- (sometimes initial capital letter) Slang. a federal official or law-enforcement officer.
Origin of fed2
- the Fed, Informal. the Federal Reserve System.
- the Federal Reserve Board.
Examples from the Web for feds
The Feds are more interesting in finding out who is doing the recruiting rather than punishing those being recruited.What the U.S. Can Learn from Europe About Dealing with Terrorists
December 15, 2014
In 2006, when the feds began interrogating Mehanna, the FBI caught up with Abousamra.Post Office Robbers More Wanted Than ISIS
December 13, 2014
When you try to get it rescheduled, the feds say you need evidence to do so.Another Hazy Week For Weed
September 1, 2014
Some funding streams run directly from the Feds to local districts.What Charter Schools Are Getting Right And Why They Top Our High School Rankings
Conor P. Williams
August 27, 2014
Unbeknownst to Rullo, Scotto had not only been caught by the feds but agreed to cooperate with them.Is FedEx America’s No. 1 Drug Dealer?
July 29, 2014
If the Feds shd be disappointed, and the Demos disgusted with Genl.The Life of John Marshall Volume 3 of 4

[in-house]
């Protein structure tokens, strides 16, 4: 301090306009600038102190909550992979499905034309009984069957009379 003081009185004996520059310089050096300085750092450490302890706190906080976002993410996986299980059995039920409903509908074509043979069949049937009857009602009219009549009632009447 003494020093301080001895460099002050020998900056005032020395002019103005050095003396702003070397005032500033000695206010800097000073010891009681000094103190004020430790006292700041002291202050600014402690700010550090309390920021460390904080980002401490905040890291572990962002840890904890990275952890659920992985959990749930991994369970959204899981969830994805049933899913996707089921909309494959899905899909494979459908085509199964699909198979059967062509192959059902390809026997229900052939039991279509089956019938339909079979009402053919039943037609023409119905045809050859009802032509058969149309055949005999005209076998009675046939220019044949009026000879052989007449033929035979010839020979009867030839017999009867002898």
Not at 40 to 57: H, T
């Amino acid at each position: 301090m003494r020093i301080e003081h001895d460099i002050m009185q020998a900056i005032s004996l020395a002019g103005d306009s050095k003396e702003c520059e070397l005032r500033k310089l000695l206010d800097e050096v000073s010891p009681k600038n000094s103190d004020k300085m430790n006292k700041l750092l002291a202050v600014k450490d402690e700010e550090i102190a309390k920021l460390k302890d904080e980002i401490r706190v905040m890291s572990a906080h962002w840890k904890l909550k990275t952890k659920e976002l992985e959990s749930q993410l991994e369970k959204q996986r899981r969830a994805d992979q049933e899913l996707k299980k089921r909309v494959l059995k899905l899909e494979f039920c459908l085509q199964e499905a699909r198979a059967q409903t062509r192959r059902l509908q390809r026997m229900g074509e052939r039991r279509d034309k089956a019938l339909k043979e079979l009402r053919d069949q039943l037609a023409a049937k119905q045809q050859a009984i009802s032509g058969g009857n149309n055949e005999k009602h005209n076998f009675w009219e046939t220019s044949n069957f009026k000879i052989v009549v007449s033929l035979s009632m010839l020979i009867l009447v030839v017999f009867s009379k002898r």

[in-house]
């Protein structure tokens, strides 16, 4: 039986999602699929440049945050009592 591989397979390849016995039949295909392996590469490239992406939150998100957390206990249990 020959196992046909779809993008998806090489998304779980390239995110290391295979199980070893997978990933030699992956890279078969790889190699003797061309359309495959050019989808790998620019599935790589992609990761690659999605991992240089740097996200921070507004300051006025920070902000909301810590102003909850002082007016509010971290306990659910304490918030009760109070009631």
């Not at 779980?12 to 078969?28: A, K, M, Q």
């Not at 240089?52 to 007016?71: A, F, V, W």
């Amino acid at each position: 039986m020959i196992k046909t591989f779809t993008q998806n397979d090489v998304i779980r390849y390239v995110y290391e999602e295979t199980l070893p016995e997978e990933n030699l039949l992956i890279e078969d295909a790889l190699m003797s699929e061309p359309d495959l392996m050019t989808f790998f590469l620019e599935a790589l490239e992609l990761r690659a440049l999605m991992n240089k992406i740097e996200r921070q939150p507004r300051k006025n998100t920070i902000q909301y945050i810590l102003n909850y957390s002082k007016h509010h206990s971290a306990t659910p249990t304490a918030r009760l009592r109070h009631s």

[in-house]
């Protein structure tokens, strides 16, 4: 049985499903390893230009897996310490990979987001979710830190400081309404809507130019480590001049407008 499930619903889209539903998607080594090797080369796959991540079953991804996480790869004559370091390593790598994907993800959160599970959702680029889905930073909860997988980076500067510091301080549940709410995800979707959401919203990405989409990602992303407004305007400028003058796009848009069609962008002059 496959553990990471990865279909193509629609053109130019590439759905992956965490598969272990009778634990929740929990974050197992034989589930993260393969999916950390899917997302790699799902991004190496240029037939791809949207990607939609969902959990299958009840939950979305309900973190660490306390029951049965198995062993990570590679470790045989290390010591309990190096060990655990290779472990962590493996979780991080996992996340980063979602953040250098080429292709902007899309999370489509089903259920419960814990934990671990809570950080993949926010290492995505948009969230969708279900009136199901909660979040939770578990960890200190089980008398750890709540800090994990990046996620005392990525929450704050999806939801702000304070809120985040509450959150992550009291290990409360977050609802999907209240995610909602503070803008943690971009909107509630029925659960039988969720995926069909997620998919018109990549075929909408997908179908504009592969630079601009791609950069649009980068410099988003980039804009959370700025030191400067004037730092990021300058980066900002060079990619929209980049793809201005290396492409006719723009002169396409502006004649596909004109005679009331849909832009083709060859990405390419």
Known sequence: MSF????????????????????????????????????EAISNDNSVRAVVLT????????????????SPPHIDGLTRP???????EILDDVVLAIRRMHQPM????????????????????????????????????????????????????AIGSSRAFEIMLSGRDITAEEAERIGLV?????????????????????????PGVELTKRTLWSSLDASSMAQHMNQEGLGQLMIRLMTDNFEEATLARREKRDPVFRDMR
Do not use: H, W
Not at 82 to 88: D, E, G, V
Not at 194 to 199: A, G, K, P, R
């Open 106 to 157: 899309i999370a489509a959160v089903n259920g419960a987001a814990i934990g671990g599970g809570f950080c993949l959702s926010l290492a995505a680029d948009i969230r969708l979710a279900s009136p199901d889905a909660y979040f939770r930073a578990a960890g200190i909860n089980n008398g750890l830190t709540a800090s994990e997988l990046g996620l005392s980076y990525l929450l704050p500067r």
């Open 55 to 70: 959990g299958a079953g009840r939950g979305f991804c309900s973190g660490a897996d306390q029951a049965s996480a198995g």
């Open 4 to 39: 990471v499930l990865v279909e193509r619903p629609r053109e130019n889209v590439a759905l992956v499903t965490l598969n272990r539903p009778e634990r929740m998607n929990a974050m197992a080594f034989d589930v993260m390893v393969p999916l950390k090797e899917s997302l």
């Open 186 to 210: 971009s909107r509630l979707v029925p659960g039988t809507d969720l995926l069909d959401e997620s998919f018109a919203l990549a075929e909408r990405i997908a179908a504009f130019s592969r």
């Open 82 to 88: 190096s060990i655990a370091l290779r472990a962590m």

Albert J. Beveridge
Our army was allers whipping the Feds, and we allers fell back.Life of Wm. Tecumseh Sherman.
W. Fletcher Johnson
It seems as if I had got to be master of the feds and the priests.The Life Of Thomas Paine, Vol. II. (of II)
Moncure Daniel Conway
It stops there, the Feds will have the word on me before they arrive.Lion Loose
James H. Schmitz
And now the meddling of the Feds has hurt the value of the ball club.Lefty Locke Pitcher-Manager
Burt L. Standish
- the past tense and past participle of feed
- fed to death, fed to the teeth, fed up to the teeth, fed to the back teeth or fed up to the back teeth informal bored or annoyed
- US slang an agent of the FBI
- the Fed US informal the Federal Reserve Bank or Federal Reserve Board
Word Origin and History for feds
past participle adjective from feed (v.). Fed up "surfeited, disgusted, bored," is British slang first recorded 1900, extended to U.S. by World War I; probably from earlier phrases like fed up to the back teeth.
1788, short for Federalist; as colloquial for "official of the federal government," from 1916, especially, after 1930s, of FBI agents.